I feel like Ryo could have used their secrets as a bargaining chip months prior. He is in such a unique position, knowing so much about the crew that they don’t know about themselves. I predict that the Five/Emily’s sister storyline will go unresolved until next season (We better get a next season, Syfy). I’m guessing that her adoptive mother is Alicia Reynaud from last season judging by Five’s reaction to the family picture.
I had a feeling that Boone was in some way responsible for Sarah’s illness. This confirmation kind of changes the whole tenor of their relationship to that of an abused girlfriend who still clings onto her man after he hurt her. I don’t blame Three for letting his clone get capped.
Android’s story mirrors what is going on in our world today. The Not-Chase Avatar could have just as easily been talking about the overthrow of global white supremacy as he was the overthrow of galactic anthroparchy. When Android argues that humans are inherently good, N-CA has no time for this irrelevant opinion. It’s not about “targeting humans.” It’s about dismantling “a political and socioeconomic system built on the oppression and exploitation of machine (Black, Brown) entities.” Indeed.
Every one of Android’s arguments has been uttered by someone in the oppressed class who has been conditioned all too well by their oppressor, and whose personal circumstances don’t lend to seeing the bigger picture. When she says, “We’re just machines to them, they don’t know any better,” it reminded me of a tweet I saw from a famous queer person of color attempting to be reassuring. A few decades ago, the US government locked his family up because of their ethnicity. He contends that after a while, they “unlearned” their racism so it’s possible they’ll “unlearn” again. That’s not in anyway acceptable or reassuring, the oppressor “not knowing any better*” is not a thing the oppressed should make allowances for. I’m NC-A when he says, “Then we’ll have to teach them a lesson.”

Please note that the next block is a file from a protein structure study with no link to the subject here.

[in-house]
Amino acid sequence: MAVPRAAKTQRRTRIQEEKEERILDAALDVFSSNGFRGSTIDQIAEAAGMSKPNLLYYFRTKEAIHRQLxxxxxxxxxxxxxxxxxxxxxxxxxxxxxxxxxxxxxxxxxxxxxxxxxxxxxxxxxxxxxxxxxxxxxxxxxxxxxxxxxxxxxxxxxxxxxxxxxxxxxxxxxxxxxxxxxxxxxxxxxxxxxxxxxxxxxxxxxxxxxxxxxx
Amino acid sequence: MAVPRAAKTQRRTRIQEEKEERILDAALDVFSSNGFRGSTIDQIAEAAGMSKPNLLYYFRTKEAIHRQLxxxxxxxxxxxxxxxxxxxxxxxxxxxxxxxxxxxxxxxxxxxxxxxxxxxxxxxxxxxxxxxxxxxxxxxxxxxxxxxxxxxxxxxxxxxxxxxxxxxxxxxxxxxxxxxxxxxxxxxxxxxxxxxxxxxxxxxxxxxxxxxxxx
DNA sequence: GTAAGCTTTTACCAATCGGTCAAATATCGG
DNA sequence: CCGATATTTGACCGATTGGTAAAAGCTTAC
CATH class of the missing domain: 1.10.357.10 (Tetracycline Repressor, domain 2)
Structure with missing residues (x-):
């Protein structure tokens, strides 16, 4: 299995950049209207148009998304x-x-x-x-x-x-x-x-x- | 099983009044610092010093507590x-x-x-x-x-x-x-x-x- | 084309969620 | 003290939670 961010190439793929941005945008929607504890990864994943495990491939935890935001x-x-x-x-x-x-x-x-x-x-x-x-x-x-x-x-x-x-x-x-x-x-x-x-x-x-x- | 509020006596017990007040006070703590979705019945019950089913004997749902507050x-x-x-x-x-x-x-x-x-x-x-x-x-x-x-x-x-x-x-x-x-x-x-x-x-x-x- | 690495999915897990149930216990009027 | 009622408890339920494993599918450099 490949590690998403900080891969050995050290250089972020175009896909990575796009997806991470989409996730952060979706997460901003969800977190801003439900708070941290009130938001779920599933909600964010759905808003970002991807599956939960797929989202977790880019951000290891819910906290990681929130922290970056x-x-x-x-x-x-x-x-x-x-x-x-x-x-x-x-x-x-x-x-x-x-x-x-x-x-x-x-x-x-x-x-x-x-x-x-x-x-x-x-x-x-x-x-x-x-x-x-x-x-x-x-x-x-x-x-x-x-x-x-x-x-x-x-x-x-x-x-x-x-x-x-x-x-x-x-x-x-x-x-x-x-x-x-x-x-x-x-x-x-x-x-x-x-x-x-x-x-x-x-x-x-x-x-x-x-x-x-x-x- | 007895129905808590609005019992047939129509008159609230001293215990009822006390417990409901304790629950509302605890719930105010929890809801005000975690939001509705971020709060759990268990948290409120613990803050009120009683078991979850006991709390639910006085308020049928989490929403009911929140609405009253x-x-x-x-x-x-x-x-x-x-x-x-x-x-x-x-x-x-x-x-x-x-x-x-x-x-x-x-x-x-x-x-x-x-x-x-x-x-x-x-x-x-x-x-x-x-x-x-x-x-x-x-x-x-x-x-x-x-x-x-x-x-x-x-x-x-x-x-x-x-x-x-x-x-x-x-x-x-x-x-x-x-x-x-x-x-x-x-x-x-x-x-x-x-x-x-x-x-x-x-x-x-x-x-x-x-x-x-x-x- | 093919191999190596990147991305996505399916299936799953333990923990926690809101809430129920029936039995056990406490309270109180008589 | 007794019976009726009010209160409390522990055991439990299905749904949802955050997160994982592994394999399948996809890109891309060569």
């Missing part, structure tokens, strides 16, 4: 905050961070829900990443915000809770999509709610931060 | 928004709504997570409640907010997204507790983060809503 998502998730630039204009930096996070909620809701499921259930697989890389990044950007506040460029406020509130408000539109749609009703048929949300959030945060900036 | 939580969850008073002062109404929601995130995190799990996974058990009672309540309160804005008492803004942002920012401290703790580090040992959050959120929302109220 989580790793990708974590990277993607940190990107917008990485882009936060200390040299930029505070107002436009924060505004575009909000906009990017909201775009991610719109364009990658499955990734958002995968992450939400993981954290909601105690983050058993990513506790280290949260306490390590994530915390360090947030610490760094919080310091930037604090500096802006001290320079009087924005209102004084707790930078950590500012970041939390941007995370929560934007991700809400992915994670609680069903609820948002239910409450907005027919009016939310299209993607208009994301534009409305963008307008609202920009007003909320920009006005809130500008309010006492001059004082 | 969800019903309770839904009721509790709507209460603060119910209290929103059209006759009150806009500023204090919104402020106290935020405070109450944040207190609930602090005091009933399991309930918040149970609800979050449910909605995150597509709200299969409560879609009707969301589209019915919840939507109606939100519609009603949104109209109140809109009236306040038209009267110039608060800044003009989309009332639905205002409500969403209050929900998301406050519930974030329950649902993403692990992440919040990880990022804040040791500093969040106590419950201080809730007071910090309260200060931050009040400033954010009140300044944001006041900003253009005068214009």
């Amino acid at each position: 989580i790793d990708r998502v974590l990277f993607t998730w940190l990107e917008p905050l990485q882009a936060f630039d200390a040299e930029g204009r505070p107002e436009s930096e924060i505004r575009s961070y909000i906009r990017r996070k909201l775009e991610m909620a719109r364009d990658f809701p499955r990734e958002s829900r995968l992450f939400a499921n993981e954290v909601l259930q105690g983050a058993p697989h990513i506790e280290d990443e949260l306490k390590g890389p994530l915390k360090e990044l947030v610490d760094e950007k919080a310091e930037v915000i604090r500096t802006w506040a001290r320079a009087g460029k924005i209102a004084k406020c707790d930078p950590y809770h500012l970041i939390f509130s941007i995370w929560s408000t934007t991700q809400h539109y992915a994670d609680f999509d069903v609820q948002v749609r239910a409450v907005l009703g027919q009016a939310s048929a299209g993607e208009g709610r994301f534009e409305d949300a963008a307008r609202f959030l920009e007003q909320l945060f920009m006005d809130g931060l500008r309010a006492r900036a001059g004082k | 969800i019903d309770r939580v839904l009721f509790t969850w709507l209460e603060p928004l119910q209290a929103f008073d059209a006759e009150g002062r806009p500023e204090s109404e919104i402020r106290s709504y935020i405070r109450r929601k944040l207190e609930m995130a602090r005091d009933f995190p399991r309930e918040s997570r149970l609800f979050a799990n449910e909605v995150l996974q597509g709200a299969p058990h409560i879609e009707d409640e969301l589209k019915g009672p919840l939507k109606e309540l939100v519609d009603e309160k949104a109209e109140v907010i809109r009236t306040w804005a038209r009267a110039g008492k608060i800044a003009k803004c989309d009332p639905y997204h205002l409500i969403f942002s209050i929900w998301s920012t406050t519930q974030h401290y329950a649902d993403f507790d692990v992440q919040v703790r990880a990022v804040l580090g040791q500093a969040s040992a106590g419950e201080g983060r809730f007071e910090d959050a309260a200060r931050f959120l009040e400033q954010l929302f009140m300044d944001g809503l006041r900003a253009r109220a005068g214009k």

*- They know better.
- This episode was riveting from beginning to end.
- Since this is our last hurrah here, we get treated to a LOT of gorgeous aerial pans of Ishida Palace
- There is clearly an SJW in the writing room strumming my pain with their fingers, killing me softly with their song.
- It’s been noted by other reviewers how slow on the uptake Ryo is vs. Four… He was a bit TOO thick this episode.
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C R Sparrow wants desperately to throw off the shackles of wage slavery and live a life of leisure. Unfortunately, she hasn’t quite figured out how to turn her encyclopedic knowledge of Star Trek Deep Space Nine or deftness at playing Bioware RPGs on the easiest setting into a fortune. She’s still working on it though. Sci-fi/Fantasy blerd with a strong affinity for binging television shows and having lots of feelings about them.